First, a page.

– Don’t have to many hidden menus for when a user applies the The Washing Machine method (someone who swipes up and down/right and left)
– We go to great lengths to avoid typing, so consider that when designing your mobile site
– Use icons in a way that is consistent with other sites
– Essential content should be on the page or on the top (hamburger menus are iffy)
– Sound cues are a missed opportunity – only 74% of people leave their ringer on
Overall, there is much room for improvement for the user experience of mobile devices. They are attached to their phones almost as if it were another limb. Aside from the great content she was able to share, she had an upbeat and entertaining presentation style that did not go unnoticed by the crowd. If I get the chance to attend another talk by Pamela, I won’t miss the opportunity!
At Key Lime Interactive, we’ve provided competitive research analysis in the Auto Insurance and Banking Industry mobile app offerings for years. Now, on the heels of TripAdvisor reporting a milestone of 100 million iPhone and Android app downloads, we decided to take a quick peek at four top travel booking apps to see how they compare. We selected four brands and evaluated the Android app flight finding and booking process to find out which have the best usability, ranking them not only on number of features, but execution.
Our Methodology The apps were awarded points or scored based on two criteria
The total number of available capabilities to users
The successful execution of each
In review, each app was credited for an integrated capability, such as sorting, filtering, alerts, or the ability to save flight information. After this we looked at the execution of each feature to provide more nuance to the rankings, such as the number of sorting/filtering options provided or the flexibility of alert settings for apps that had flight alerts. The final positioning of each app in our ranking is based on a combination of those two measurements.
Expedia is far and above the best looking app of the this group, from the landing screen that scrolls hotel and flight destinations via colorful pictures, to the search results loading screen that mimics the view out your airplane window. The app is also extremely quick and responsive, allowing both departing and return flights to be selected without any extended load time. However, there is not much that stands out in this app beyond those features. The flight search has only a few basic options. The results page and booking engine are relatively sparse, with only four sorting options available for results. Although the aesthetics are exceptional, the lack of functionality in Expedia’s app results in a lower ranking in comparison to the other apps we reviewed.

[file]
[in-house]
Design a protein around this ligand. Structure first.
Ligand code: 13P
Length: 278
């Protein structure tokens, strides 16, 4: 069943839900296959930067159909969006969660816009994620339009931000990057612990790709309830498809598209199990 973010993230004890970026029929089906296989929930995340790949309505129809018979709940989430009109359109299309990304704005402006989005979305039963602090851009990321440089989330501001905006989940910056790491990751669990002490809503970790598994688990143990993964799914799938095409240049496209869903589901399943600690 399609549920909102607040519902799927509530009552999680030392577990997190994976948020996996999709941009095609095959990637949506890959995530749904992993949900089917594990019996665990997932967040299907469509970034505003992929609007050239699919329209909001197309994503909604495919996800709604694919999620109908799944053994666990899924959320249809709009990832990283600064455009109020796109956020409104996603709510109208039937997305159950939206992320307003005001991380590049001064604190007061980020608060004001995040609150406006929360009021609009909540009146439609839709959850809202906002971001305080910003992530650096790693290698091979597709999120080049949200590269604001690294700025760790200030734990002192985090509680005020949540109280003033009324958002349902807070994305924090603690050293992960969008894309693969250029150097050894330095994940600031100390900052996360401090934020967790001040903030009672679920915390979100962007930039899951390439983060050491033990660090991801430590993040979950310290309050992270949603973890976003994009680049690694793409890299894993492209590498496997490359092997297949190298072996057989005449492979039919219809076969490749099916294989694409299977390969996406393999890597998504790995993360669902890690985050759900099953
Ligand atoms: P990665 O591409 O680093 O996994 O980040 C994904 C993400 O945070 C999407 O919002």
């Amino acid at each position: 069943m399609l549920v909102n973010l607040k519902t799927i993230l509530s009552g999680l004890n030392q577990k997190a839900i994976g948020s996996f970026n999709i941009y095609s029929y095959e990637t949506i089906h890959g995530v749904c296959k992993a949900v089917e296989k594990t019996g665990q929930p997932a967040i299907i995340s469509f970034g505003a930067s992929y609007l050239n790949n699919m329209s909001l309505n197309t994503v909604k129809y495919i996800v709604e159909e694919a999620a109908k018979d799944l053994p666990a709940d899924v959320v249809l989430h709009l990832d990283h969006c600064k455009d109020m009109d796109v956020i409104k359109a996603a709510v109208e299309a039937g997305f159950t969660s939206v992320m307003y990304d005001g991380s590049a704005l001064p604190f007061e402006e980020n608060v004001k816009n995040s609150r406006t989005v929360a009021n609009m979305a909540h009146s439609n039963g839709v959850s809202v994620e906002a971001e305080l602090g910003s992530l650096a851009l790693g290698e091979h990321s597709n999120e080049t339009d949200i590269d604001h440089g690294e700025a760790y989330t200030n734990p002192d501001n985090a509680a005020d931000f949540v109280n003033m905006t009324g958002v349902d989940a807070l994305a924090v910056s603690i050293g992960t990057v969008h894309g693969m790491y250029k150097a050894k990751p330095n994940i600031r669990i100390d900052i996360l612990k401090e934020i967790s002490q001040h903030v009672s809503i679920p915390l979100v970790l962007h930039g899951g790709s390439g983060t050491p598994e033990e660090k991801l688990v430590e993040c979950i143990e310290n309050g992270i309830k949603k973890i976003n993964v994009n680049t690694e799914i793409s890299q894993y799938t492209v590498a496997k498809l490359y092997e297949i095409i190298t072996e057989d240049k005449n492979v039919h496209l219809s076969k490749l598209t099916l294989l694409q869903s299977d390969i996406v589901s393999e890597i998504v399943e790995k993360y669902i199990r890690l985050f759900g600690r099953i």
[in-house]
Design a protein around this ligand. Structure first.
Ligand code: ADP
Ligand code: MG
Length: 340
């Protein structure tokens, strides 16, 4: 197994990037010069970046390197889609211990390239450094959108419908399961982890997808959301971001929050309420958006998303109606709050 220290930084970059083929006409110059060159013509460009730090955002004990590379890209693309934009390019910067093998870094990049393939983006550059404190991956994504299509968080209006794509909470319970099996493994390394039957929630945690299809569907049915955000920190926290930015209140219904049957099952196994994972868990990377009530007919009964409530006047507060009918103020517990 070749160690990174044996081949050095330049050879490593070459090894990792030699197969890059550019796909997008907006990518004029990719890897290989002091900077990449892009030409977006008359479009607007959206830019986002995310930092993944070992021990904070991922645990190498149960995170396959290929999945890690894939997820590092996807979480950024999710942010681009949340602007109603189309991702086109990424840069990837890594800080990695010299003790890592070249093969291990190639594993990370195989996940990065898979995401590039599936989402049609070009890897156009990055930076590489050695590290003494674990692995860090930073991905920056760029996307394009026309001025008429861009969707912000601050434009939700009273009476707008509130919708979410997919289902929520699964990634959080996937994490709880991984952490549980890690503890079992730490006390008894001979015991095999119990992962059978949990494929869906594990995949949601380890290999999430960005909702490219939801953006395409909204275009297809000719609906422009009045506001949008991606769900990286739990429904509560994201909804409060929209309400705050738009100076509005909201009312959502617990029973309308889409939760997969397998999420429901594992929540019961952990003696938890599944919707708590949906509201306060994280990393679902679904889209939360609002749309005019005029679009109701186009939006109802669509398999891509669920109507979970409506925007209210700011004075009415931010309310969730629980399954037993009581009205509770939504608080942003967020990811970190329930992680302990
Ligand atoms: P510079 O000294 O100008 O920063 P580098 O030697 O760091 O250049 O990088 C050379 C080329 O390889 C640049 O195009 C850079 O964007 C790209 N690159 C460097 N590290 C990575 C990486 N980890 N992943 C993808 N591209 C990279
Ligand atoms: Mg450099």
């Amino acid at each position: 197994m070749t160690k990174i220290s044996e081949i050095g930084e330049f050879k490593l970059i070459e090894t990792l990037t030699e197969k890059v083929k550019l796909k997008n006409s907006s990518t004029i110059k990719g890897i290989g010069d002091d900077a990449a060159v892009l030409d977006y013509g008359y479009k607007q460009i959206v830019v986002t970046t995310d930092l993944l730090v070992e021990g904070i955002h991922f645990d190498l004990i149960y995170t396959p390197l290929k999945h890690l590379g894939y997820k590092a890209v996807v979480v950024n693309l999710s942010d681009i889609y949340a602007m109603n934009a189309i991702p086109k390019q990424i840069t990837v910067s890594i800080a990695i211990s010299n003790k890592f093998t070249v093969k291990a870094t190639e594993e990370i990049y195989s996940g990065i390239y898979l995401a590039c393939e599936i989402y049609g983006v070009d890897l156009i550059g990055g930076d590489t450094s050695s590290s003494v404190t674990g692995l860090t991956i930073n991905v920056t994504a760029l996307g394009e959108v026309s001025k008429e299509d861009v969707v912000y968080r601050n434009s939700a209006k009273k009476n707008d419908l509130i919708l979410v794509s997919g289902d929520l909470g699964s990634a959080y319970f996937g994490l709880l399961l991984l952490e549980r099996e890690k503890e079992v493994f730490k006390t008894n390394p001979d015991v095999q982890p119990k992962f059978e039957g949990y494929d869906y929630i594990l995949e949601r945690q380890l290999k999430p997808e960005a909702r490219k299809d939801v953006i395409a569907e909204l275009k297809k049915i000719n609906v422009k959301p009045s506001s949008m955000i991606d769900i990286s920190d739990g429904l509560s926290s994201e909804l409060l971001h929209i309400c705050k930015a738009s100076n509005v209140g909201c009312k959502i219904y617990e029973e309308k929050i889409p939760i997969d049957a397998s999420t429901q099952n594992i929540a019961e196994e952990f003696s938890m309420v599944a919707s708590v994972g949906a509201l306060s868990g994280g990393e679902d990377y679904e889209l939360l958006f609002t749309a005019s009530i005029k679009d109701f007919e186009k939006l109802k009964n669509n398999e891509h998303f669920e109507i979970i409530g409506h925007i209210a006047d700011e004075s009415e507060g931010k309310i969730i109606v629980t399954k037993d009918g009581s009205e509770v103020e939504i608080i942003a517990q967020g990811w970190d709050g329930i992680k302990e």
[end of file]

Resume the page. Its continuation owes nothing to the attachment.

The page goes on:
Priceline, which acquired Kayak in June 2013, ranked just ahead of Expedia in the find flight and booking analysis. The app has a strong branding message. William Shatner and Kaley Cuoco are available in the lower left hand corner to chauffeur you through a flight search. During the search process, Priceline saves recent airport searches in a list, which rewards the user for repeated uses of the app. The results page also provides six different sorting options, from Number of Stops to Airline, which is great for users who want to avoid specific airlines or too many layovers. While the remainder of the experience is solid, Priceline lacks to the bells and whistles of some of the apps in this competitor set.
TripAdvisor’s strengths are apparent from the minute you land on the results page, where sorting and filtering options are available. This allows users to select time of day for departure or arrival, the number of stops, or to view specific airlines. Additionally, users can request alerts for flight prices from within the app, and the bottom bar links to comparison rates from other providers making it easier for bargain hunters to find the best price. Finally, users who want to save their information for later can e-mail their itinerary after selecting flights – a very convenient feature for frequent travelers who need to keep their itinerary close at hand.
Kayak’s no-frills interface belies a wealth of functionality, and ranks first primarily due to stronger execution of features that can be found in the TripAdvisor app. Kayak has the most robust sorting and filtering menus available, as well as extensive options for setting alerts. The app is also the only one we evaluated that allowed multi-city flight searches. Anyone thinking of hopping around Europe this summer will appreciate this feature. During the flight search, the Kayak app allows users to add any nearby airports to their search, truly a plus when traveling to or from areas with multiple airports that may have better fares. The quality of Kayak’s many features make it best in class for flight finding and booking.
We hope you found this ranking helpful. Key Lime Interactive offers expanded custom competitive research. If you’d like more information, please contact KLI here.